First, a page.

It was a big week for Art Pappas, managing partner of Pappas Ventures.

He accepted the 2017 Life Science Leadership Award at the CED’s Life Science Conference on Wednesday and CoLucid, a company his firm backed and he led as founding CEO closed its $960 million acquisition by Eli Lilly and Co. the same day.

“It set me back. I didn’t expect it, and it was humbling,” Pappas said iin an interview when asked about his reaction as the CED called him to tell him he had won its Life Science Leadership award. “It’s also been humbling to hear all the things people have come up to me and said here. It’s great recognition.”

Pappas, who serves on the board of directors of the North Carolina Biotechnology Center’s executive committee as its past chairman, has contributed some three decades to the growth of North Carolina’s global leadership in the life sciences. He’s also a director of the National Venture Capital Association.

He founded Pappas Capital in 1994, and over the past 20 years the firm has managed $450 million in capital and invested in more than 70 life science companies. It is now one of the largest life science investors in the Southeast.    

Pappas said the number of companies forming and raising capital that presented at the CED event “Is special for our area.”

He said he tells people not to compare the Research Triangle and Southeast to Boston and California. “The gap is too huge. But in all the under-performing markets, the Southeast numbers are very important.”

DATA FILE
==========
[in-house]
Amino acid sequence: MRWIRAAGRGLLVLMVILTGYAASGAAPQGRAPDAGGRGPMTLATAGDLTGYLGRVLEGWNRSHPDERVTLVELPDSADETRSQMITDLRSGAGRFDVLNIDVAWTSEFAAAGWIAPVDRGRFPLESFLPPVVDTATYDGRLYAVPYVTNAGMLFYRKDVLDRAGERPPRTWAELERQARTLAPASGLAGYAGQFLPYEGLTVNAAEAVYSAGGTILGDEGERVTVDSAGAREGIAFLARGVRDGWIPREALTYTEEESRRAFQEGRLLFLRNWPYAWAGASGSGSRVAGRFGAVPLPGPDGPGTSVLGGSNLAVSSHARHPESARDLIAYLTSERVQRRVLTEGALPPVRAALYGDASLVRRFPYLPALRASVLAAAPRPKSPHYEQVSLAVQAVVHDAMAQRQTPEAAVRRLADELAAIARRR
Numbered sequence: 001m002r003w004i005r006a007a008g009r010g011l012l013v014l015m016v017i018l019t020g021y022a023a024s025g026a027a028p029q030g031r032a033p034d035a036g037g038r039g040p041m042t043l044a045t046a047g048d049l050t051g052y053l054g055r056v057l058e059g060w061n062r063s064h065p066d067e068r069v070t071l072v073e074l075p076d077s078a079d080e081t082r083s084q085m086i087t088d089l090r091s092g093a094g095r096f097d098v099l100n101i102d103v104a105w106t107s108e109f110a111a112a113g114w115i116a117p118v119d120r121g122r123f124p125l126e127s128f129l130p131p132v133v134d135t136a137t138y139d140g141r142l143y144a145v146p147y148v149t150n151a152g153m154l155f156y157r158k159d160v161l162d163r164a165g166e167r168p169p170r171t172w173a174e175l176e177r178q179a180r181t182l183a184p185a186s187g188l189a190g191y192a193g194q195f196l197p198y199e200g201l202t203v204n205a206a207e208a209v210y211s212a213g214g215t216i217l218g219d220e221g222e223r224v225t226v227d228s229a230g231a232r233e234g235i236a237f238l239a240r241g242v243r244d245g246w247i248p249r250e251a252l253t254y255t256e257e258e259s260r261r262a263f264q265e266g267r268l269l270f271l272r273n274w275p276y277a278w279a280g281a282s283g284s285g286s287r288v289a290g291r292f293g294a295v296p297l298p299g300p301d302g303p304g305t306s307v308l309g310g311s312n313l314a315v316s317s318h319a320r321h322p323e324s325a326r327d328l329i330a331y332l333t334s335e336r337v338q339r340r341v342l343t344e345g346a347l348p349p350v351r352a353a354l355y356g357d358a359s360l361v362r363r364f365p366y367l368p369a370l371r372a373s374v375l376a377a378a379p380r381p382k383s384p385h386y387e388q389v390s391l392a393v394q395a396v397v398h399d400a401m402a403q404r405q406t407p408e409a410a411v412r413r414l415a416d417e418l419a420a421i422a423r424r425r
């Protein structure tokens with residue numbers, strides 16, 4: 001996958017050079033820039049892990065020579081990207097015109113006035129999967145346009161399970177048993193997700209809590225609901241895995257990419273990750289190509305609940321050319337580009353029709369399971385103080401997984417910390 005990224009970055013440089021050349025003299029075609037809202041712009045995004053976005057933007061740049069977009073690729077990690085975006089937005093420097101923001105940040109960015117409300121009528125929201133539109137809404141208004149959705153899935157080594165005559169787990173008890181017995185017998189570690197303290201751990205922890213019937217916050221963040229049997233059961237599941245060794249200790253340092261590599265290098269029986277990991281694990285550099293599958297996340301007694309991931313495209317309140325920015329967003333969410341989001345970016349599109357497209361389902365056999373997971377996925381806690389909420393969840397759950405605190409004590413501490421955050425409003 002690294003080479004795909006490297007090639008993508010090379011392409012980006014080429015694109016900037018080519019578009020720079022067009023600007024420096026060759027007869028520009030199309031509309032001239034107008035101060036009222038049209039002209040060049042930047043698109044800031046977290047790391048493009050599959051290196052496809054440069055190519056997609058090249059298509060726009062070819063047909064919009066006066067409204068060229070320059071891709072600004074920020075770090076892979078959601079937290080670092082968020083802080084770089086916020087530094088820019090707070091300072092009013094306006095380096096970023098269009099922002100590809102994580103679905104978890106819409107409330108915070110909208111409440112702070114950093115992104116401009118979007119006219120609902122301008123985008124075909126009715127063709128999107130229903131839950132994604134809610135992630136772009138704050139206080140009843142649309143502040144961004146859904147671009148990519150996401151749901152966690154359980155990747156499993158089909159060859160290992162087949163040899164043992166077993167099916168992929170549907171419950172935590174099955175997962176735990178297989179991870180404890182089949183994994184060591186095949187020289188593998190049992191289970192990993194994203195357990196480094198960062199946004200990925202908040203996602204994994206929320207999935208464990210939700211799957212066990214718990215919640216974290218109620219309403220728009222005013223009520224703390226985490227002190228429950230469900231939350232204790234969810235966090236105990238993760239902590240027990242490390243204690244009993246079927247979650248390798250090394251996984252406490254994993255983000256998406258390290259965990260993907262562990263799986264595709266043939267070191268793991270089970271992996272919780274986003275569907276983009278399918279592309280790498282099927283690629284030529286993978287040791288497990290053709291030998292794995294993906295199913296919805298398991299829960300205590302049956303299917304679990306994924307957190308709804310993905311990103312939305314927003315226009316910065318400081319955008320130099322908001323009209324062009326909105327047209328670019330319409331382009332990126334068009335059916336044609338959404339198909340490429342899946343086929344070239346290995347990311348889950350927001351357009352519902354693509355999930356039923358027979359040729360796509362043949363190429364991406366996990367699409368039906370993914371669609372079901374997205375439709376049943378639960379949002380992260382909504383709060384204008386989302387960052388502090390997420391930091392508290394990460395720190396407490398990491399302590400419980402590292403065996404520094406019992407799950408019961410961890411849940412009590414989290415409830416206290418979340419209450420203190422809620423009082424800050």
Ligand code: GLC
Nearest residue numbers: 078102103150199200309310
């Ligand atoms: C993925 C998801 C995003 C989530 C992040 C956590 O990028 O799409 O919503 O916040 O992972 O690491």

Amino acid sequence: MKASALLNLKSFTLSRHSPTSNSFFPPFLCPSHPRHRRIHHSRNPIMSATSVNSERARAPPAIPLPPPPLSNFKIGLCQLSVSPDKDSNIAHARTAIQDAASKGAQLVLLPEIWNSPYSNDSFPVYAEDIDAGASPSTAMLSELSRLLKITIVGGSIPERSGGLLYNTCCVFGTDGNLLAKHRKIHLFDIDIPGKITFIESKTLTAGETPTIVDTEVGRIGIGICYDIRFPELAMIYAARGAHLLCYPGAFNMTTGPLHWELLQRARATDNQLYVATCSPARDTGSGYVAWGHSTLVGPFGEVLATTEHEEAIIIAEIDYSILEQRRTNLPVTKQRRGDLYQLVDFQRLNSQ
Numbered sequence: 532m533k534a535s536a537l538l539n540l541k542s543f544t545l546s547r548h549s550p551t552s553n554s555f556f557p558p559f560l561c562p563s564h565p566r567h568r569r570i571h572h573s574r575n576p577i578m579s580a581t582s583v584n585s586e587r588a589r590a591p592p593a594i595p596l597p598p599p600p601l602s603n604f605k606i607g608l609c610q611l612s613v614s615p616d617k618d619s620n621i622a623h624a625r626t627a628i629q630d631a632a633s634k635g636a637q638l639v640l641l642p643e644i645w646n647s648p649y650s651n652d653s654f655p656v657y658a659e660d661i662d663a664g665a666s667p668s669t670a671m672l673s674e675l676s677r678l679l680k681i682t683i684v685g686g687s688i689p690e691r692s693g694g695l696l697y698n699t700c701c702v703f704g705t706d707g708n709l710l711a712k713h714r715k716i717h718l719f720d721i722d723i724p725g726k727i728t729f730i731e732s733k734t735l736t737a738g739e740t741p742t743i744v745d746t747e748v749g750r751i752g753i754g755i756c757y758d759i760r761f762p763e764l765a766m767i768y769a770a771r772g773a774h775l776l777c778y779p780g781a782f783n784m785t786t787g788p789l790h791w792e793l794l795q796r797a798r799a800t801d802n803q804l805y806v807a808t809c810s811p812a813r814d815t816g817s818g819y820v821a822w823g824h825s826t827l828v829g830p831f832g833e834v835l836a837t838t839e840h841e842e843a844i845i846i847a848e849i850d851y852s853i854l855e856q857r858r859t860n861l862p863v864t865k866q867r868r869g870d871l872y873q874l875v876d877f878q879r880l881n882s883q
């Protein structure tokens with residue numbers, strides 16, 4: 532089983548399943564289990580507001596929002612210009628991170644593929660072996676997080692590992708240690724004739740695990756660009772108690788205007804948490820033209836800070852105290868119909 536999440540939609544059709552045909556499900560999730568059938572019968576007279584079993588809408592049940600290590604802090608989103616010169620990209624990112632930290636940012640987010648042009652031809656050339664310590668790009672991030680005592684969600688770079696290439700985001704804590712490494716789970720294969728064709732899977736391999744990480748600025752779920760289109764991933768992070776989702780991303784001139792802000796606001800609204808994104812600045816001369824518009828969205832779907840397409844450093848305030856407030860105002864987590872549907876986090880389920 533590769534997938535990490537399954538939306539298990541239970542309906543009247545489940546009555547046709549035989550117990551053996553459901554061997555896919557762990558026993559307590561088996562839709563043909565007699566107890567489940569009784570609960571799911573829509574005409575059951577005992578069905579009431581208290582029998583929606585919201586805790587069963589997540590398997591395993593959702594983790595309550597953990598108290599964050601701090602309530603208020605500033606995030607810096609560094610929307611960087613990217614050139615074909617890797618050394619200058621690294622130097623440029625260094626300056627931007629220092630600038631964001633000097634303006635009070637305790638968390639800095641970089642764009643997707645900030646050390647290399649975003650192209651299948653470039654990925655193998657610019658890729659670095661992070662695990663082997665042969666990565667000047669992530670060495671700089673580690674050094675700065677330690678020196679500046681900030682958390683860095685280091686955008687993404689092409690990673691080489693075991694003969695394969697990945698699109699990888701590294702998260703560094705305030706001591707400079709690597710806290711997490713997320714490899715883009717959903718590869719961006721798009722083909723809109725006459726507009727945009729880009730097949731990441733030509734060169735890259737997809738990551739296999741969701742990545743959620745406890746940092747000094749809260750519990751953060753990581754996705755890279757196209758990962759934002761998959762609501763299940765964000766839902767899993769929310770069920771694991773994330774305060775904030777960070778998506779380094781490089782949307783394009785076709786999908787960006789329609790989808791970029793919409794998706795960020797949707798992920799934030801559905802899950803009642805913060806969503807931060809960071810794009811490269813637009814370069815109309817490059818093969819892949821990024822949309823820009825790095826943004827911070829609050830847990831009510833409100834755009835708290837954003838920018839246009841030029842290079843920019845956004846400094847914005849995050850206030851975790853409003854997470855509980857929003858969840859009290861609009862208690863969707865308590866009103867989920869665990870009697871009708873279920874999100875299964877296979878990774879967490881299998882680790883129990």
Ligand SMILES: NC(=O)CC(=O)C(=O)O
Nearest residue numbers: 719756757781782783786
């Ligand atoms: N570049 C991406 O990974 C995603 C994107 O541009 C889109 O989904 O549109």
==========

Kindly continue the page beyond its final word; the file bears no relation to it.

If more biotech companies founded here stayed here, we would have an even larger hub, he noted.

The exits

The Colucid was the second major exit of a Pappas-backed firm in the last nine months. California-based Affferent sold to Merck in June in a $1.25 billion deal.

Pappas said CoLucid almost did not make it to the Phase III clinical trial stage with its migraine drug lasmiditan. “We had always planned to sell CoLucid to a large pharmaceutical company to take it into Phase III testing,” Pappas said.

At the time, a large Phase III trial that looked at four data point areas the FDA required would have been too expensive for a venture firm to afford. When no acquisition materialized, “We spent a fair amount of time with the FDA to find new end points,” Pappas said. The FDA liked the CoLucid drug because it worked by a different mechanism than others available and had a good safety profile.

“So they helped us design a new protocol for migraine trials. The drug had to show efficacy by providing two hours of pain relief and also relieve a major symptom each trial patient reported, such as nausea. “That cut the trial cost by half. It’s now the standard protocol for migraine trials, but we were the first.”

After raising more venture capital in a mezzanine round, the Massachusetts-based company launched a successful IPO and the eventual results of its Phase III trial “were so significant it got everyone’s attention,” said Pappas. He added that one of the more amazing things about the company, “Is that we only had six employees. It was very capital efficient.”